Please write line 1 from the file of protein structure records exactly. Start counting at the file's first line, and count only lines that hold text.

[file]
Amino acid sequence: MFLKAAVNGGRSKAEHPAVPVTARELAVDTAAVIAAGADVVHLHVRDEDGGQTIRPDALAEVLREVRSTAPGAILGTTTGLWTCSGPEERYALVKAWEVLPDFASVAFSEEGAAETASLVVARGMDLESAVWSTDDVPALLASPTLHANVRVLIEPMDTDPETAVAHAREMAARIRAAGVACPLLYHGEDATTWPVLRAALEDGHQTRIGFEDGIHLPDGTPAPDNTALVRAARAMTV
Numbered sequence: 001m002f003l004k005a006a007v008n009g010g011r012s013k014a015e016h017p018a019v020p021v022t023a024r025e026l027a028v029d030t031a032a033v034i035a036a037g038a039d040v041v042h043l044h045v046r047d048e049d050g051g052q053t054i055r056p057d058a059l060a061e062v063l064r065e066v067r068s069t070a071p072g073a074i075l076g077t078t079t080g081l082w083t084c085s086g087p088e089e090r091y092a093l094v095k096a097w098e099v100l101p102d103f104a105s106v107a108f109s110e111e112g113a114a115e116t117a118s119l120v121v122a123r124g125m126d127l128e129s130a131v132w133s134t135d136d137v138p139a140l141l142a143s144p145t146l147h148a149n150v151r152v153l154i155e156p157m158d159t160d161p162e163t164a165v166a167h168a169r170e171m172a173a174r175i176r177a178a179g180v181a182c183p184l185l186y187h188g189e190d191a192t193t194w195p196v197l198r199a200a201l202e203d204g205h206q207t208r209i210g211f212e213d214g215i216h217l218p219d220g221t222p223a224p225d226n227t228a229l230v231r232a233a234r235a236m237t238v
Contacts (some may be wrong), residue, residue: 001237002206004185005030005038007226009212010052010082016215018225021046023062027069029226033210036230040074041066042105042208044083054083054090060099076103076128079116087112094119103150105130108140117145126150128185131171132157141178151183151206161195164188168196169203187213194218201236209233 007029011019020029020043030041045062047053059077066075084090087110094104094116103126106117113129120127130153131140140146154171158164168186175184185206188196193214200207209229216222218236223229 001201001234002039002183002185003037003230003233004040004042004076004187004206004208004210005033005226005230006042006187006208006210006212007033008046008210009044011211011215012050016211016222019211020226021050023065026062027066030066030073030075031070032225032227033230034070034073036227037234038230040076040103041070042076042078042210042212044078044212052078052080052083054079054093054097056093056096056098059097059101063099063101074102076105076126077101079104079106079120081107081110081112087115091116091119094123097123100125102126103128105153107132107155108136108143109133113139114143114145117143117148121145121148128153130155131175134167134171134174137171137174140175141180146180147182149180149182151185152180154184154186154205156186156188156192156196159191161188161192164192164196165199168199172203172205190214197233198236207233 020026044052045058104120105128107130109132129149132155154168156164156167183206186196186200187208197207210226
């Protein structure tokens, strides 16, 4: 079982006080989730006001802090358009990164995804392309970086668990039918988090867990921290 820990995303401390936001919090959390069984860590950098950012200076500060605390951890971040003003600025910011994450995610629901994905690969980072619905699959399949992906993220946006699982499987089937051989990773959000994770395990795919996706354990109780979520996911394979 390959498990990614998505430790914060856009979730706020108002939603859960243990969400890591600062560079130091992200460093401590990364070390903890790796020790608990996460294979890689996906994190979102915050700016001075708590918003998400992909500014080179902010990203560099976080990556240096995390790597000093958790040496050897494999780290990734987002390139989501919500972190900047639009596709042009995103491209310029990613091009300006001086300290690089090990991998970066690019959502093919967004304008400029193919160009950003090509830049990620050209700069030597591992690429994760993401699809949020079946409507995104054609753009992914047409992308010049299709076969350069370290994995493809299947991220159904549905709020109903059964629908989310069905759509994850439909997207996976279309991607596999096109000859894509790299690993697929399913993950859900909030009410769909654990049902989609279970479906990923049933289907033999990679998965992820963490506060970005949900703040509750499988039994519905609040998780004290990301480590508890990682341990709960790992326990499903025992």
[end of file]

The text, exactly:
Amino acid sequence: MFLKAAVNGGRSKAEHPAVPVTARELAVDTAAVIAAGADVVHLHVRDEDGGQTIRPDALAEVLREVRSTAPGAILGTTTGLWTCSGPEERYALVKAWEVLPDFASVAFSEEGAAETASLVVARGMDLESAVWSTDDVPALLASPTLHANVRVLIEPMDTDPETAVAHAREMAARIRAAGVACPLLYHGEDATTWPVLRAALEDGHQTRIGFEDGIHLPDGTPAPDNTALVRAARAMTV